Dad said some days were better than others.
On those days he’d see her walking
into the bedroom with his folded clothes
or a dust cloth in her hand.
He’d smell bread baking
or coffee brewing in the kitchen.
Just a glimpse or a whiff.
Once, he said, when he drove uptown
for the mail, he fell asleep, slumped
behind the wheel.
He woke to rapping on his window.
“Jerry, wake up. You’re late. It’s time!”
She looked right at him, he said.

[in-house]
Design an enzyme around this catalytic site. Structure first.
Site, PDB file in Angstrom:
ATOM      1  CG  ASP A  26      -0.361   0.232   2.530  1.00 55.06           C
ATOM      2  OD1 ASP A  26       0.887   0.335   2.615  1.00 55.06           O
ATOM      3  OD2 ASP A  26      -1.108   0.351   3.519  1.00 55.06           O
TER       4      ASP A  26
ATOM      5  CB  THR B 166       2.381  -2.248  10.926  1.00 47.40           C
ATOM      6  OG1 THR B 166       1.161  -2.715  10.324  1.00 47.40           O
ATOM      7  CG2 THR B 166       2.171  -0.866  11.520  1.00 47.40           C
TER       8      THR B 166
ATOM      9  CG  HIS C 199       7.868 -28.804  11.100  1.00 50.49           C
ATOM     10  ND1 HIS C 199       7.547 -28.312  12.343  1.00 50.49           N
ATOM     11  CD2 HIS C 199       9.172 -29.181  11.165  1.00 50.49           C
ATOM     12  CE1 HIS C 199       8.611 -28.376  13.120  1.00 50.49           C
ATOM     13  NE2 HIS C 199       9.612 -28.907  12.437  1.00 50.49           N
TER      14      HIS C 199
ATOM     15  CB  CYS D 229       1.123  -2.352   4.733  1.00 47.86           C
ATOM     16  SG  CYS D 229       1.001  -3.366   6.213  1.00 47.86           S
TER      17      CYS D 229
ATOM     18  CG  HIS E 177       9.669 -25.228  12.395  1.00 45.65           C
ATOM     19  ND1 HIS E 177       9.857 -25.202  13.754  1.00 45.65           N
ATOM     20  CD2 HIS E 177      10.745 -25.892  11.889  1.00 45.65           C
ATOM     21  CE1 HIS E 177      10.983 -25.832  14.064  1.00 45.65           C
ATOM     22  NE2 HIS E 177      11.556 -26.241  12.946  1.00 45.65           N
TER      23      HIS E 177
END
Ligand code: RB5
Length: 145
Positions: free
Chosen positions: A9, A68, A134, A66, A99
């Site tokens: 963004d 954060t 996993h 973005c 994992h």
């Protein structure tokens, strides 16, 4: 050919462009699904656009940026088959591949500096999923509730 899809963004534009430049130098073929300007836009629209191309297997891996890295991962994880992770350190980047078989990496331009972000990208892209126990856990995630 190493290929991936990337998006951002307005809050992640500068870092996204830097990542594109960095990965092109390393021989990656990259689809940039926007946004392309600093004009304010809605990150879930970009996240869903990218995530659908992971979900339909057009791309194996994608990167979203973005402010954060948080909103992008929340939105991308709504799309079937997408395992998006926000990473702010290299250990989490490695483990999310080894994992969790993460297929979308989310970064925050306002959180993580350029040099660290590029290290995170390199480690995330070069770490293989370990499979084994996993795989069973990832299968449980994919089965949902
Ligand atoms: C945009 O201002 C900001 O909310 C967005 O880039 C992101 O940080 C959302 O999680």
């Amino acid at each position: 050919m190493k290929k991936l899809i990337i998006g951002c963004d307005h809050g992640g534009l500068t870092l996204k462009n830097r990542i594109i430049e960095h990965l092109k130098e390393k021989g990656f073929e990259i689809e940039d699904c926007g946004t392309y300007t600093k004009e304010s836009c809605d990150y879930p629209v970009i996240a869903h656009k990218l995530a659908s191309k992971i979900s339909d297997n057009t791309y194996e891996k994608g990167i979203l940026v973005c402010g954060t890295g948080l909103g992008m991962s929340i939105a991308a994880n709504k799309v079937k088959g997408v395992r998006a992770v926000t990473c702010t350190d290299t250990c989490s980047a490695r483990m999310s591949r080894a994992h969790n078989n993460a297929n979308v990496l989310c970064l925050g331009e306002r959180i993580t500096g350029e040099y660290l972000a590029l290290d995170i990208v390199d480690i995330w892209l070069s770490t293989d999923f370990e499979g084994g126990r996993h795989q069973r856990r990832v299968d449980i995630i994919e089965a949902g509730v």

Looked right at him.
And then she was gone.
At Dad’s funeral, Ken tells us about his dream.
He and Dad are sitting in a bar having a drink.
And Mom walks in.
She tells Dad it’s time to come home.
And he walks out the door.
That’s it. That’s the dream, he says.
We return to our lives.
On better days, we still hear him singing.
Today is the first day of National Poetry a month. My goal is to write a poem or to share a poem I love every day. He-he-he. Tally-ho!